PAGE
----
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Water and Human Settlement in the Balikh Valley, Syria: Investigations from 1992-1995

T. J. Wilkinson
Journal of Field Archaeology
Vol. 25, No. 1 (Spring, 1998), pp. 63-87
Published by: Taylor & Francis, Ltd.
DOI: 10.2307/530458
Stable URL: http://www.jstor.org/stable/530458
Page Count: 25
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Water and Human Settlement in the Balikh Valley, Syria: Investigations from 1992-1995
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Abstract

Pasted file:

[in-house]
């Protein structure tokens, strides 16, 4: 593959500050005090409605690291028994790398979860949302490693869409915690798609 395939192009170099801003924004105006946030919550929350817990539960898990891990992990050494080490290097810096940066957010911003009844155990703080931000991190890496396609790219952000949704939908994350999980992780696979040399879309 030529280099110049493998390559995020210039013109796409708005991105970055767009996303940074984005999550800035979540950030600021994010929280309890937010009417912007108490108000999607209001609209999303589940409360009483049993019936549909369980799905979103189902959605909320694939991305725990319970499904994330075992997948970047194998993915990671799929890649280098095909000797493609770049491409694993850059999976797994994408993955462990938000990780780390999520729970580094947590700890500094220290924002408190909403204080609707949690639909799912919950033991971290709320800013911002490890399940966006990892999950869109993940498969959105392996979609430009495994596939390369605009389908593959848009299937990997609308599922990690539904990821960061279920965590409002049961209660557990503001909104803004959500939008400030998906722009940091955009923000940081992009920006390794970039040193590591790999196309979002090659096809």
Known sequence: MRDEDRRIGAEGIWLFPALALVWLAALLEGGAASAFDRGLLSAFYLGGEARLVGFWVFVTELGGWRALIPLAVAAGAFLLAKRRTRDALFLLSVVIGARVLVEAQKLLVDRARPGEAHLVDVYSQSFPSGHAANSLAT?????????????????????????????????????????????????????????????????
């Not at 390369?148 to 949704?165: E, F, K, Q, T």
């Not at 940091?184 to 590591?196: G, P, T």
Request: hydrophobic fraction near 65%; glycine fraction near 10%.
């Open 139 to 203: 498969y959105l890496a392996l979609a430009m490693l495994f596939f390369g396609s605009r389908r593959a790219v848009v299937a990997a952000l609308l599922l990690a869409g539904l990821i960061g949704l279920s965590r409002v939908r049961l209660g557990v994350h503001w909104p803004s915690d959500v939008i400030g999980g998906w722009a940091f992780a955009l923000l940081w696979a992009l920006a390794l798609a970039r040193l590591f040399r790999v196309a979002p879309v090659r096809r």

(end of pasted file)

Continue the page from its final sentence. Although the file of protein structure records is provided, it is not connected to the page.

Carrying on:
This landscape survey of the Balikh Valley in Syria straddles the limit of rain-fed cultivation. Features such as canals, low density "field scatters," smaller sites, ancient roads, and relict river channels enable the boundary between ancient rain-fed cultivation and irrigation to be approximated. By coupling the evidence from such features with archaeological site survey, I suggest that water supply in the Balikh River constrained total settlement, and therefore population, to a limited size. During the phase of nucleated Early and Middle Bronze Age settlement, nodal settlements formed a focus for the limited pattern of irrigation canals. Settlement patterns dispersed during the later Bronze Age and Iron Age, and the landscape started to fill with numerous smaller settlements. In the Hellenistic/Roman period a major canal probably supplied much of the central Balikh Valley with irrigation water. During this phase region-wide canal systems apparently dictated the settlement pattern, which in certain cases spread out into formerly unirrigated areas away from the immediate alluvial plain.

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